3 October 2000
Brown – rural plan pushes CAP reform

By Alistair Driver

FARM minister Nick Brown has pledged to use the 1.6 billion rural spending programme he launched on Tuesday (03 October) to push forward reform of the Common Agricultural Policy.

Mr Brown said the England Rural Development Programme (ERDP), which outlines spending plans for agri-environment schemes and rural business schemes, is of “enormous importance”.

“It is a major step towards switching farm spending from production support to schemes which boost the broader rural economy, advance environmentally beneficial farming practices and help modernise and restructure the economy,” he said.

Over one-third of the money to be spent on the seven-year programme between 2000-2006 will come from re-directing farm production subsidies into the various ERDP schemes.

Speaking at Ministry of Agriculture headquarters in London, Mr Brown said rural development programmes, which are being implemented in all member states, are the second pillar of the CAP.

“We are going to monitor the progress of the plan in England and use it as a powerful argument for reform of CAP,” he said.

He said he is one of five EU farm ministers – the others being the Italian, Danish, Swedish and Dutch ministers – who want to push CAP reform much further.

“We hope the second pillar of CAP will eventually dwarf the first,” he said.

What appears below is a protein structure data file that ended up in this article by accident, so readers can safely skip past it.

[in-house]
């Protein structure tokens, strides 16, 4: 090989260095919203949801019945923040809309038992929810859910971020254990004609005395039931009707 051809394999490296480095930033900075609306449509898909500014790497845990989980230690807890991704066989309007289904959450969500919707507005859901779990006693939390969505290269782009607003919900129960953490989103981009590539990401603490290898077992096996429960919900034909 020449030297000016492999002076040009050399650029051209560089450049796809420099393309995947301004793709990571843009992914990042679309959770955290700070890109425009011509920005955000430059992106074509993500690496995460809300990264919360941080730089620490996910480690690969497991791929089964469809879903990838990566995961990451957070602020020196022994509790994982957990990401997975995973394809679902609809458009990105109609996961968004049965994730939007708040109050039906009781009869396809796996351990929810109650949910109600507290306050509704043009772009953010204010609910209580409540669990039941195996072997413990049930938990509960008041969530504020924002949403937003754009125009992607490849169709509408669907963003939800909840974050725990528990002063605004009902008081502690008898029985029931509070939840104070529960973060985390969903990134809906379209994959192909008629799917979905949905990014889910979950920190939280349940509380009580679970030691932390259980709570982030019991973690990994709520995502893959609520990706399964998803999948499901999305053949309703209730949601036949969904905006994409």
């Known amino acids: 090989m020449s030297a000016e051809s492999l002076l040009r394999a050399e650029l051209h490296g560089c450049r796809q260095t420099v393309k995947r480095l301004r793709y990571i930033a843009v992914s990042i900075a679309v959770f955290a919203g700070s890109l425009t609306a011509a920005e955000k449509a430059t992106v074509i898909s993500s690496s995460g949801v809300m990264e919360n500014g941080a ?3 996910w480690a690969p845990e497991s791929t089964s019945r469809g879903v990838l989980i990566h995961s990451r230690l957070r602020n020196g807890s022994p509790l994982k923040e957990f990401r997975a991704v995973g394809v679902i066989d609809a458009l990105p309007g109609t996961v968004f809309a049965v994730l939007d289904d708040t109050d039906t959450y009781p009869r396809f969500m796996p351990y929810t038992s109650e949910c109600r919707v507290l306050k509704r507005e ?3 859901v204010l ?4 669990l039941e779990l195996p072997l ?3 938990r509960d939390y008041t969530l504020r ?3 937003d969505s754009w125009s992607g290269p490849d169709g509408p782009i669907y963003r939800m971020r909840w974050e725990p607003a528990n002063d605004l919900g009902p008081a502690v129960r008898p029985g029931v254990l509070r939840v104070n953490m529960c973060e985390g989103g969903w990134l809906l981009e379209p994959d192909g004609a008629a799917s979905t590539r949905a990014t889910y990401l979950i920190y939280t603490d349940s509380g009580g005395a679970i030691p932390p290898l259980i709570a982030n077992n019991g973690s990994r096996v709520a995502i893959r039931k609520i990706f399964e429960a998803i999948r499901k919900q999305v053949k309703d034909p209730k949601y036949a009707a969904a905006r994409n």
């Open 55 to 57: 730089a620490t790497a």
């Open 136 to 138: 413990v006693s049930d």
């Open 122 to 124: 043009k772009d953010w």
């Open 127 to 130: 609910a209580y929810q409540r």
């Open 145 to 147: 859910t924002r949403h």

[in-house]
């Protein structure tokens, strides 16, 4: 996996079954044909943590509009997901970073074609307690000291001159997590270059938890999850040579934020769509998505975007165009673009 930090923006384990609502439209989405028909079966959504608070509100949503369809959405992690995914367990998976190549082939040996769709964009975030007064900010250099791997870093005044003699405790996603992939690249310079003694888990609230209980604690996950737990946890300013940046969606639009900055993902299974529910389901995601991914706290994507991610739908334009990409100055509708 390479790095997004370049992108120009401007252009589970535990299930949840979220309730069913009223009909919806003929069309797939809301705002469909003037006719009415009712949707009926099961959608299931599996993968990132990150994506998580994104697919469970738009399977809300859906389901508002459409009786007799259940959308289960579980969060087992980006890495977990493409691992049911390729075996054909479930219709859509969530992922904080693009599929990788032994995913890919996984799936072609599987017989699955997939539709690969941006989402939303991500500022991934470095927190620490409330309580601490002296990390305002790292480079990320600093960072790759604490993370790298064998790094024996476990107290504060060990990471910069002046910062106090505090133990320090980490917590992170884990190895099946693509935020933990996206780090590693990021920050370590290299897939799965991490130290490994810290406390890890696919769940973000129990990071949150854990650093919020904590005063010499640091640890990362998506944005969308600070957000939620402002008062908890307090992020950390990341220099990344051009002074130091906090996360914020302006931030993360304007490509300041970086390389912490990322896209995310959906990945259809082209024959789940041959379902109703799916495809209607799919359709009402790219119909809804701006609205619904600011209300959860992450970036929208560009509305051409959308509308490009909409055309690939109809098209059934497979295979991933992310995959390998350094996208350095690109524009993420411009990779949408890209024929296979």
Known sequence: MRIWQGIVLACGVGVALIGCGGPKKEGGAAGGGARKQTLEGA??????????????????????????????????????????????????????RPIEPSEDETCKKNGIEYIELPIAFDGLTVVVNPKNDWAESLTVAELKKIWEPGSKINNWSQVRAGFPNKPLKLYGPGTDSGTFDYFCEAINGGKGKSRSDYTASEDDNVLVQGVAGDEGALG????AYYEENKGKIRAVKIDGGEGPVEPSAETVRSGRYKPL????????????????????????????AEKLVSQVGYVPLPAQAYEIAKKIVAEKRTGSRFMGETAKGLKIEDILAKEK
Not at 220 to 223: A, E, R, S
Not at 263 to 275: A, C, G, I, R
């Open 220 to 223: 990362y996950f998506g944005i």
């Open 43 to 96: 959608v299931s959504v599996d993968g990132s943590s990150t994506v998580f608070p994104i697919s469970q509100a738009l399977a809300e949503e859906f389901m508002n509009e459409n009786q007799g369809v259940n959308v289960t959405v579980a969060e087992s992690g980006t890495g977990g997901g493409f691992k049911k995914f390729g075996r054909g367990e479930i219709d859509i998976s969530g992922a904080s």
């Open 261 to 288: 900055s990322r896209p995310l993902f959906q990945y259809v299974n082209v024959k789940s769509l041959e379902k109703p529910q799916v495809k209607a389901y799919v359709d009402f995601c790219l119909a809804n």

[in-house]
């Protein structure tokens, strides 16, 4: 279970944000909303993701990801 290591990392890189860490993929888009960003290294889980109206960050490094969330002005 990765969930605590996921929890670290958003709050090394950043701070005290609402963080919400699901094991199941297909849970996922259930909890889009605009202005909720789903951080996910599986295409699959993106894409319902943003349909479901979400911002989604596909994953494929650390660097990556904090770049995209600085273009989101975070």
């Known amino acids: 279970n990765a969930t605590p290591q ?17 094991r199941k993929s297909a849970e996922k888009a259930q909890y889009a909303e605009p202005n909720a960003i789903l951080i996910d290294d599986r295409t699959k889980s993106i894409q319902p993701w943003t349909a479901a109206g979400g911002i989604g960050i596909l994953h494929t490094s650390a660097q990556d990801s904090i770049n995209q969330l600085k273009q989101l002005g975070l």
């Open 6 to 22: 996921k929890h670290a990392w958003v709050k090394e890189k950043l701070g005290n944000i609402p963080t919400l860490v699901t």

Mr Brown first revealed the broad outline of the ERDP last December and announced on Tuesday that the details have now been approved by the commission.

Two-thirds of the ERDP funds will be spent on existing agri-environment schemes.

More than 1bn will be spent on Countryside Stewardship, the governments flagship agri-environment scheme, the Organic Farming scheme – both of which will receive 60% funding increases – and the Environmentally Sensitive Area scheme.

There will be extra money for two schemes to create and protect woodland, along with 239m for the Hill Farm Allowance Scheme.

This will replace the Hill Livestock Compensatory Allowance.

The programme also features the first-ever grant scheme to encourage farmers to grow energy crops, miscanthus and short-rotation coppice.

There will be nearly 200m available to assist rural businesses, including 44m to encourage innovation and improve marketing of rural produce.

Another 22m has been allocated to help train the rural workforce.